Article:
I first read about the sisters Patria, Minerva, and Maria Teresa Maribal in high school when my teacher handed me a copy of In the Time of the Butterflies by Julia Alvarez. Born in the Dominican Republic, these sisters helped topple the dictatorship of Rafael Trujillo.
After Trujillo took control of power in 1930, he built up a secret police force and seized the press and businesses. Anyone who opposed him was killed.
The Mirabal sisters didn’t have to speak out. They were well educated and their parents were prosperous. They also had children of their own. However, these women STEPPED UP.
Minerva went to law school to fight against Trujillo’s injustices, and the other sisters (sister Dede stayed away from the majority of involvement) joined an underground movement that included an assassination attempt against the dictator. Patria, Minerva, and Maria Teresa became known throughout the country as Las Mariposas (the Butterflies).
For their efforts to resist, stand against, and work for freedom, Patria, Minerva, and Maria Teresa were killed by Trujillo’s henchmen in 1960. They were strangled, beaten, and then driven off a cliff to make it look like an accident. Las Mariposas’ deaths served as a catalyst for Trujillo’s assassination 6 months later.
The date of their assassinations (November 25) marks the UN-designated International Day for the Elimination of Violence Against Women. According to the UN:
The 16 Days of Activism Against Gender Violence came out of the Global Campaign for Women’s Human Rights. In June 1991, the Centre for Women’s Global Leadership (CWGL) with participants of the first Women’s Global Institute on Women, Violence and Human Rights, a forum involving 23 women from 20 countries called for a global campaign of 16 Days of Activism Against Gender Violence. The campaign would highlight the connections between women, violence, and human rights from 25 November to 10 December 1991. The time period encompassed four significant dates: 25 November, the International Day Against Violence Against Women; 1 December, World AIDS Day; 6 December, the anniversary of the Montreal Massacre, when 14 women engineering students were gunned down for being feminists; and 10 December, Human Rights Day.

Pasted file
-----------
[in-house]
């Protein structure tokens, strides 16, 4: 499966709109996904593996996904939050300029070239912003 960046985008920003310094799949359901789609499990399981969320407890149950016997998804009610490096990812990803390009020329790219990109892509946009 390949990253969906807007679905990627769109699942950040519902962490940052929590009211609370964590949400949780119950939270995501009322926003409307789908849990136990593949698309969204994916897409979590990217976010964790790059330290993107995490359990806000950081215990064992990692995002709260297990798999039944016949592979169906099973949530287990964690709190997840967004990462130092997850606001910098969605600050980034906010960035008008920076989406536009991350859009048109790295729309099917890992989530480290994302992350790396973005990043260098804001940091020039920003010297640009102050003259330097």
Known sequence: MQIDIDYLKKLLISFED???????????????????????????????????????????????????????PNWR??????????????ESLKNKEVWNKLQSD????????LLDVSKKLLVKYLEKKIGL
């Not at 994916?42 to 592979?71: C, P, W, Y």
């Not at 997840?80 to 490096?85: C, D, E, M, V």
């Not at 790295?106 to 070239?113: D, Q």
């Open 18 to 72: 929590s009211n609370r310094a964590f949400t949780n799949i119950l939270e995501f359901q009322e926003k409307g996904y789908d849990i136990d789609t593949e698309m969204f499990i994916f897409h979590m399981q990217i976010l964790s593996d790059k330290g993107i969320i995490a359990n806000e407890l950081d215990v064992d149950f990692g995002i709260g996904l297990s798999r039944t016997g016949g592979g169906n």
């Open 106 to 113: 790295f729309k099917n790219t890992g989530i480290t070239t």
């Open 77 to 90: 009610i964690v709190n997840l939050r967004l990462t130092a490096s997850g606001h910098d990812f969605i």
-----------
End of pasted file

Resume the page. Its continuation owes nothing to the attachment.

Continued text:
There are also many commemorative markers, schools, and streets in the Dominican Republic named after the sisters. Check out Alvarez’s book or the Hollywood movie. There is also an excellent entry in the Rejected Princesses book that has been mentioned in previous posts.